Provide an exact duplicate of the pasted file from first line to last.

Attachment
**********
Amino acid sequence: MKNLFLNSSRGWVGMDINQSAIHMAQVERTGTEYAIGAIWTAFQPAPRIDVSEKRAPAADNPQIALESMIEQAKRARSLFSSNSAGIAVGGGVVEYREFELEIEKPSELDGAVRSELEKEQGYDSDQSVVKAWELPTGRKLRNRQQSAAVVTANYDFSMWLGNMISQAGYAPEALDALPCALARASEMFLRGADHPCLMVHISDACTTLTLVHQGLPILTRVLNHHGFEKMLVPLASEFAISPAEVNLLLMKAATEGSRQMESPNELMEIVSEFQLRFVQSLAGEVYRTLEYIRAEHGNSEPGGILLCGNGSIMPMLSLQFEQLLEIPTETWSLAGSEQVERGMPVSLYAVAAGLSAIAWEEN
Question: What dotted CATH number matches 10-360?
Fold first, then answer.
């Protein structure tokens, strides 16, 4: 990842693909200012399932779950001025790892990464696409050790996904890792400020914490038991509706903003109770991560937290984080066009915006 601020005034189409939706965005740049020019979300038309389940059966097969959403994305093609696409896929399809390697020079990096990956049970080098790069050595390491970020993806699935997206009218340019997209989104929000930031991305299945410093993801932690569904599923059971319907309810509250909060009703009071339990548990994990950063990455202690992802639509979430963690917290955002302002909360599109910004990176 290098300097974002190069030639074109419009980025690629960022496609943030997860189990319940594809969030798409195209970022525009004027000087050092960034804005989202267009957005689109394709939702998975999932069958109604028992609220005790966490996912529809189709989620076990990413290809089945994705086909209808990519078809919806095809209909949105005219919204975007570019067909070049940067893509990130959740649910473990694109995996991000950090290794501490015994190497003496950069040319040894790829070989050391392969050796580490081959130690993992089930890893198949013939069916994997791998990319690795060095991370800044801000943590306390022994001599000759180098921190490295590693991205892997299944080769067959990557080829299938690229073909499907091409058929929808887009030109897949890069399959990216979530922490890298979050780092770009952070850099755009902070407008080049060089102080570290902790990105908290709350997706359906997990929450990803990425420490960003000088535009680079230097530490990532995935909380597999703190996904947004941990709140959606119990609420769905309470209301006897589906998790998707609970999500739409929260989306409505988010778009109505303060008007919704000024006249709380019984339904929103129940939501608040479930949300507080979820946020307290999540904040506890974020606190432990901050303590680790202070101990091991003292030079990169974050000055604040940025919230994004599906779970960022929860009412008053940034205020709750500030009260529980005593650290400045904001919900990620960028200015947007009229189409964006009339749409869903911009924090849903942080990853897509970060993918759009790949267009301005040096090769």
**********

Amino acid sequence: MKNLFLNSSRGWVGMDINQSAIHMAQVERTGTEYAIGAIWTAFQPAPRIDVSEKRAPAADNPQIALESMIEQAKRARSLFSSNSAGIAVGGGVVEYREFELEIEKPSELDGAVRSELEKEQGYDSDQSVVKAWELPTGRKLRNRQQSAAVVTANYDFSMWLGNMISQAGYAPEALDALPCALARASEMFLRGADHPCLMVHISDACTTLTLVHQGLPILTRVLNHHGFEKMLVPLASEFAISPAEVNLLLMKAATEGSRQMESPNELMEIVSEFQLRFVQSLAGEVYRTLEYIRAEHGNSEPGGILLCGNGSIMPMLSLQFEQLLEIPTETWSLAGSEQVERGMPVSLYAVAAGLSAIAWEEN
Question: What dotted CATH number matches 10-360?
Fold first, then answer.
């Protein structure tokens, strides 16, 4: 990842693909200012399932779950001025790892990464696409050790996904890792400020914490038991509706903003109770991560937290984080066009915006 601020005034189409939706965005740049020019979300038309389940059966097969959403994305093609696409896929399809390697020079990096990956049970080098790069050595390491970020993806699935997206009218340019997209989104929000930031991305299945410093993801932690569904599923059971319907309810509250909060009703009071339990548990994990950063990455202690992802639509979430963690917290955002302002909360599109910004990176 290098300097974002190069030639074109419009980025690629960022496609943030997860189990319940594809969030798409195209970022525009004027000087050092960034804005989202267009957005689109394709939702998975999932069958109604028992609220005790966490996912529809189709989620076990990413290809089945994705086909209808990519078809919806095809209909949105005219919204975007570019067909070049940067893509990130959740649910473990694109995996991000950090290794501490015994190497003496950069040319040894790829070989050391392969050796580490081959130690993992089930890893198949013939069916994997791998990319690795060095991370800044801000943590306390022994001599000759180098921190490295590693991205892997299944080769067959990557080829299938690229073909499907091409058929929808887009030109897949890069399959990216979530922490890298979050780092770009952070850099755009902070407008080049060089102080570290902790990105908290709350997706359906997990929450990803990425420490960003000088535009680079230097530490990532995935909380597999703190996904947004941990709140959606119990609420769905309470209301006897589906998790998707609970999500739409929260989306409505988010778009109505303060008007919704000024006249709380019984339904929103129940939501608040479930949300507080979820946020307290999540904040506890974020606190432990901050303590680790202070101990091991003292030079990169974050000055604040940025919230994004599906779970960022929860009412008053940034205020709750500030009260529980005593650290400045904001919900990620960028200015947007009229189409964006009339749409869903911009924090849903942080990853897509970060993918759009790949267009301005040096090769």